Carbon nanotubes--and their spherical cousins known as buckyballs--are proving to have myriad uses, finding employ in improved solar cells, electronics and medical probes. But the production volume of the tricky nanomaterials remains nanoscale when compared with the production volume of other industrial components. Nevertheless, environmental engineers have begun investigating how such materials might interact with natural environments if accidentally released and have discovered that at least some of the hydrophobic (water fearing) materials persist quite readily in natural waters.

Jae-Hong Kim of the Georgia Institute of Technology and his colleagues investigated how so-called multiwalled carbon nanotubes--layered, straws-within-straws of carbon atoms--interacted with natural water, in this case samples taken from the nearby Suwannee River. To their surprise, the carbon nanomaterial did not clump together as it tried to avoid water molecules, rather it interacted with the negatively charged natural organic matter in the river water. This organic matter seemed to shield the nanotubes and allow them to disperse throughout the water after an hour of mixing, instead of clumping and settling. "At the beginning, the solution is very black and, over time, it becomes grayish," Kim says. "What is interesting is that it is still grayish after a month." In other words, the nanotubes do not settle even after this time period.

This monthlong suspension means that Suwannee River water was actually better at promoting the dispersal of carbon nanotubes than chemical surfactants, which can maintain nanotubes in solution for roughly four days, according to the paper presenting the finding published online in Environmental Science and Technology. Similar studies with buckyballs--stable balls of 60 carbon atoms, also known as C60--had required copious organic solvents in order to maintain suspensions.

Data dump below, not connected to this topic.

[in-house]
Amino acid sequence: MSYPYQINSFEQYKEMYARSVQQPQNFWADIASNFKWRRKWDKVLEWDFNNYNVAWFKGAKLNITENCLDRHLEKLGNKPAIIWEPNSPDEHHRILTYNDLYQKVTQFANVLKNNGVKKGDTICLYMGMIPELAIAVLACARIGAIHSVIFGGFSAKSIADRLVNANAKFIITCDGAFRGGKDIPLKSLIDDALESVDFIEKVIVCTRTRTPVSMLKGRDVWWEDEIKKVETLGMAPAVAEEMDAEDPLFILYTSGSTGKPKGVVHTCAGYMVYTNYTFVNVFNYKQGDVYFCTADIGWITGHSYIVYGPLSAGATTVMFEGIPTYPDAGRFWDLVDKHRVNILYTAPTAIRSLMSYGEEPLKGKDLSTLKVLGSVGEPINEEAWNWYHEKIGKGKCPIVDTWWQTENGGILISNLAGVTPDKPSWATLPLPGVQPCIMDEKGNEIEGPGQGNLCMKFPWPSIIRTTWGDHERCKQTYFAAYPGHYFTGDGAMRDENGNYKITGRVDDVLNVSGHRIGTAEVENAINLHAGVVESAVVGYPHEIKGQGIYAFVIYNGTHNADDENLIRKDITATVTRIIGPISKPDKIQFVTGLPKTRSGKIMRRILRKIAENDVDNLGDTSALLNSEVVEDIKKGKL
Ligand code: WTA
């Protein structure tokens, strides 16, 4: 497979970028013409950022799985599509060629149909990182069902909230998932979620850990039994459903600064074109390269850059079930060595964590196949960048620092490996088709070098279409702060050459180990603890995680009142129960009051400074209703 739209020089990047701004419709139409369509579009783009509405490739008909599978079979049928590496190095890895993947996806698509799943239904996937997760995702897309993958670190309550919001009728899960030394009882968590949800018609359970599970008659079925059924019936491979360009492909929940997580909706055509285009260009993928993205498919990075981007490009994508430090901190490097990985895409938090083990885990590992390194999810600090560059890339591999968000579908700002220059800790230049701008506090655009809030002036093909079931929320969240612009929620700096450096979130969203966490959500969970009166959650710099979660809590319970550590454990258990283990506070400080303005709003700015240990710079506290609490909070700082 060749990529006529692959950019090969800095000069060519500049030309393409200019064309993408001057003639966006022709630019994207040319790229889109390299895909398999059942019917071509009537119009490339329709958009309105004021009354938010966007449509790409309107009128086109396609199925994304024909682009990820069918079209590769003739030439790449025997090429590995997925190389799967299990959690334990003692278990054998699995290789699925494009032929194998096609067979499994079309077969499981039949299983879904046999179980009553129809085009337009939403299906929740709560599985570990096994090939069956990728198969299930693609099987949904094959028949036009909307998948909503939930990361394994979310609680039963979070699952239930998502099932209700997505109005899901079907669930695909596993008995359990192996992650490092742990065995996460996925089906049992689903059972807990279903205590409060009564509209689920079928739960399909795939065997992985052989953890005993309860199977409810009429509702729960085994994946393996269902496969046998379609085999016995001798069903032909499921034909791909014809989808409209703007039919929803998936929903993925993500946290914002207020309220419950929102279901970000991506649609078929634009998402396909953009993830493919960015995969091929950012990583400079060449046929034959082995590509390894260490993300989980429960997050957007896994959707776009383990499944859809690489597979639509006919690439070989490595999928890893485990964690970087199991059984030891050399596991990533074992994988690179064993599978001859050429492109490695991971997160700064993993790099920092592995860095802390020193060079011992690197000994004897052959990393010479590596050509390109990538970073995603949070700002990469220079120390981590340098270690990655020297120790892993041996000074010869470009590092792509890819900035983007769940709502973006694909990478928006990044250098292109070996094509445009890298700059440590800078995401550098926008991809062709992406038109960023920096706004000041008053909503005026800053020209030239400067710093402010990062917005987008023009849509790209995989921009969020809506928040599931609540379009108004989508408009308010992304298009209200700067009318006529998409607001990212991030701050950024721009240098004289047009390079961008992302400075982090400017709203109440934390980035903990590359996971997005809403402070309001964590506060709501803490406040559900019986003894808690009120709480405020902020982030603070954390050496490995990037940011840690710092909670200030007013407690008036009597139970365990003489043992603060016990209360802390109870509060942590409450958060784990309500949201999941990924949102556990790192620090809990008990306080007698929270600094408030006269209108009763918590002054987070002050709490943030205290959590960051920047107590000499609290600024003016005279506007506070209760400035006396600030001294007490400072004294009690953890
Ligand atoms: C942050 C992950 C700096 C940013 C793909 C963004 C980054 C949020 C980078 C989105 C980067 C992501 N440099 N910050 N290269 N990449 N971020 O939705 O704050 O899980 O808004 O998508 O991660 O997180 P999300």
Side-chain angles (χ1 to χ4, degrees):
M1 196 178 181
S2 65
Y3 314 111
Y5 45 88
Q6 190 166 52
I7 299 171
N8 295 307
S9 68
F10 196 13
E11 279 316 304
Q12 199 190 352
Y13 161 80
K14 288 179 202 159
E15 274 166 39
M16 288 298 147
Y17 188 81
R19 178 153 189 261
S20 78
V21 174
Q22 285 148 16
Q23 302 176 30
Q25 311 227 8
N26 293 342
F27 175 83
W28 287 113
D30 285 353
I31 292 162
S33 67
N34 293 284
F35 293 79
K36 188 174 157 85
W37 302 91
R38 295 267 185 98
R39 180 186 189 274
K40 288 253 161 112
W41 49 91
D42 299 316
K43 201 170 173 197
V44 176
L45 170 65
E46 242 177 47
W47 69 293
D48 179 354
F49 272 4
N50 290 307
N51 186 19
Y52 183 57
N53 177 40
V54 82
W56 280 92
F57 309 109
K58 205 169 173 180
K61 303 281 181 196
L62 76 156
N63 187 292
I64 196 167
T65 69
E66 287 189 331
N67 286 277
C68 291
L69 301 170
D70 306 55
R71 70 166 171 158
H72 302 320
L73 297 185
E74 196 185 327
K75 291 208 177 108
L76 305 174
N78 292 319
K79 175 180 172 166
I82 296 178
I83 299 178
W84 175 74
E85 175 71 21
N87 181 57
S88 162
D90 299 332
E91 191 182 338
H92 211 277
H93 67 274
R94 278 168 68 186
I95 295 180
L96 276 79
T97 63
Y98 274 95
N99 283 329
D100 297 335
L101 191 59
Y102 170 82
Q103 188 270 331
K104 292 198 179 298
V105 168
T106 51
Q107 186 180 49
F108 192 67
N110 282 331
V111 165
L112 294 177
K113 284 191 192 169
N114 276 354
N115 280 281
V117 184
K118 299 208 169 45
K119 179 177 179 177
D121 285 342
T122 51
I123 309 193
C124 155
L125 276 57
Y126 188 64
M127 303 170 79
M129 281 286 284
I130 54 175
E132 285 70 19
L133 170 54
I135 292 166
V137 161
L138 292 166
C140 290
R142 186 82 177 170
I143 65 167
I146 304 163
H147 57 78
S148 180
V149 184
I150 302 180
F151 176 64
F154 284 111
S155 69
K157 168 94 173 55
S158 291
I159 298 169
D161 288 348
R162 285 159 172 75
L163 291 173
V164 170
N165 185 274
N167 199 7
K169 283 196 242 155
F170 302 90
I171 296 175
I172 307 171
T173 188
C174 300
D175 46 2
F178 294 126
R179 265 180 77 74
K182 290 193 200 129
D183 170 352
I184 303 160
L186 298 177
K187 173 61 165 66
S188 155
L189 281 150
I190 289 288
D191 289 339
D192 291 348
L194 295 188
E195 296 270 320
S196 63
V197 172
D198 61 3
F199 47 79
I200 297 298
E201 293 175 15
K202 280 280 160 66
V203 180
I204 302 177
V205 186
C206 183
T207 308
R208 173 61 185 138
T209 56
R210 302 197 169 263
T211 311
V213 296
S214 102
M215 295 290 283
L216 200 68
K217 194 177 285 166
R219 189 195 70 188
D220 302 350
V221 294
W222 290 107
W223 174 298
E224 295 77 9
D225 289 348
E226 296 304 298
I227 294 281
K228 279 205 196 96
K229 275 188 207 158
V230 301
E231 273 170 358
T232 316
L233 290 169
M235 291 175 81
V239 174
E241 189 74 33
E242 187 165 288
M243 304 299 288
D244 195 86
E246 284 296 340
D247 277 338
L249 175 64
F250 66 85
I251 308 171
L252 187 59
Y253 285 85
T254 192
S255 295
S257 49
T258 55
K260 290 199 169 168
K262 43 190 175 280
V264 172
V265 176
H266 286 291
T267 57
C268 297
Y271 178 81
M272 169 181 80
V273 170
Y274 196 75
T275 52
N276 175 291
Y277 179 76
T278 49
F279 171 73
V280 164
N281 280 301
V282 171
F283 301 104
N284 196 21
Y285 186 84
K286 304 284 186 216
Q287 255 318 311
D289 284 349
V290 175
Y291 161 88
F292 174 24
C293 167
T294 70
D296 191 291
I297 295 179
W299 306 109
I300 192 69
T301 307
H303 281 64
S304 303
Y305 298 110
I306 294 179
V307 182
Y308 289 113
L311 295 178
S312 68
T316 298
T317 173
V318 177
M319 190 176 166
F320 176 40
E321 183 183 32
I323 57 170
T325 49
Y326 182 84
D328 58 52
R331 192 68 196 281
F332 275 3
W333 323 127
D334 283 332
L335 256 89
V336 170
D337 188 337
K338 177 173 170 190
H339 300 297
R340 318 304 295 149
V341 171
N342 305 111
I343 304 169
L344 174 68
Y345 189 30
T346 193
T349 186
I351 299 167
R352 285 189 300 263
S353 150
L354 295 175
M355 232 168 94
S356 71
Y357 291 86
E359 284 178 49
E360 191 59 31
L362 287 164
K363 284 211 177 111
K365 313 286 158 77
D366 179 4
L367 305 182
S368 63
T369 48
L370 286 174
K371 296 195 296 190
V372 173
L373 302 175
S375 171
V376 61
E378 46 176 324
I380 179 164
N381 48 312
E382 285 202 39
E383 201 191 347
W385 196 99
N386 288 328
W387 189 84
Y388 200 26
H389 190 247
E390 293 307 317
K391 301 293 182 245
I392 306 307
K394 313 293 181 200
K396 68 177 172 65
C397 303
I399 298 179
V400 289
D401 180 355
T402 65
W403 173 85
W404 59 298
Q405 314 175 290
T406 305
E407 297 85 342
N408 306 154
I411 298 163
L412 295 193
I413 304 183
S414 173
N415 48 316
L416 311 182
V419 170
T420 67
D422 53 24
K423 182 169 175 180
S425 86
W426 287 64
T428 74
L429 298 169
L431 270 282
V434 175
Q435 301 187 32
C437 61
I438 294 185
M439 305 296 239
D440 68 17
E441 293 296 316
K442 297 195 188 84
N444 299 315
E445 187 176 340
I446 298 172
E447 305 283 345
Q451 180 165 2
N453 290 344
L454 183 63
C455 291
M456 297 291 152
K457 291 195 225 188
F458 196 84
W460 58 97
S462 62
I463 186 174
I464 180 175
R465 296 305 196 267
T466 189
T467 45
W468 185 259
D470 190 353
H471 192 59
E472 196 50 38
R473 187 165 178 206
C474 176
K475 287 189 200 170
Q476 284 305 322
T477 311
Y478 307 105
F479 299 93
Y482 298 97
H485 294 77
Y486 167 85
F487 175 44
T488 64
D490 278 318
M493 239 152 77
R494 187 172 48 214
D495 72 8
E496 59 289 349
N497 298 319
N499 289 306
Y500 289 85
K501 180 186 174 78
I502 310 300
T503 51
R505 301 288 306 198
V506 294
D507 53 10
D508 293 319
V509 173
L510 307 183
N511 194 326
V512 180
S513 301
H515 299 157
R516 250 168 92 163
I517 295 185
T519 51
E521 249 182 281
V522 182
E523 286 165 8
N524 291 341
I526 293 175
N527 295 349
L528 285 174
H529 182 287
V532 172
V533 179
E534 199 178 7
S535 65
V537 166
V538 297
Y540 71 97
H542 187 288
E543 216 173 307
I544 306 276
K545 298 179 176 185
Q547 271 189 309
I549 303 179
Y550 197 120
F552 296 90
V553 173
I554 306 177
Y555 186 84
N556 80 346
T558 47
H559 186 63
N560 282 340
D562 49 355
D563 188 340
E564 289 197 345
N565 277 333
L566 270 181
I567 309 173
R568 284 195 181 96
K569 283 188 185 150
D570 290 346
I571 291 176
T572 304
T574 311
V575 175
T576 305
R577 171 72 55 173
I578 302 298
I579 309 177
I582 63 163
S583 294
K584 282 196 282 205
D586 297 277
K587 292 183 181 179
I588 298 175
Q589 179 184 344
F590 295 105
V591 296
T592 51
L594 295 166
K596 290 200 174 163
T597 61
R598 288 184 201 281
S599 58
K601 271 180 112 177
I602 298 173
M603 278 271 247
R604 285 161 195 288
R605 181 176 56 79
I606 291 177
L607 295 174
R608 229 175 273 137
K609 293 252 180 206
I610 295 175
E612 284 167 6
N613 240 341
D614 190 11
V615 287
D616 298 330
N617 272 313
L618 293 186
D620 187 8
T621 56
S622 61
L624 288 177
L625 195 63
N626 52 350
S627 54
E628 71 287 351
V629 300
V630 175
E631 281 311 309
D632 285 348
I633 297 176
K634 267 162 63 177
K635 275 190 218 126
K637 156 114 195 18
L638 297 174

Because of the presence of such solvents, toxicity tests on C60 have been open to question as to whether the buckyballs or the solvents caused the damaging effects. Environmental engineers Volodymyr Tarabara and Syed Hashsham of Michigan State University and their colleagues tested the toxic effects of such buckyballs in water--without solvents--on lymphocytes, human immune cells. The researchers created solutions of C60 and water using ethanol at levels previously proven to have no toxic impact and using weeks worth of magnetically powered stirring.

At concentrations as low as 2.2 micrograms per liter, the clumps of C60 damaged the DNA of the immune cells, according to microscopic analysis presented in the December 1 issue of Environmental Science and Technology. The exact mechanism by which C60causes the DNA damage remains unclear, particularly because imaging could not detect the smallest of the buckyball clumps, but its DNA damaging effect was dose dependent. "We are not sure if very very small particles exist, one or two nanometers big," Tarabara says. "They may be very important as far as cellular damage."

Regardless, such nanopollution is unlikely to occur anytime soon: "The fact of the matter is that it takes weeks of mixing to generate appreciable concentrations in the size range where the particles are small enough not to settle," Tarabara notes. "It's not something that we can expect to be out there loose." But the environmental engineers argue that such research should be carried out before any widespread adoption of the new carbon nanomaterials takes place, especially because they seem to have a few surprises in store. "One thing is definite," Kim says, "these materials were not traditionally considered an aqueous-based contaminant." He adds: "I am saying, 'Well, it seems possible.'"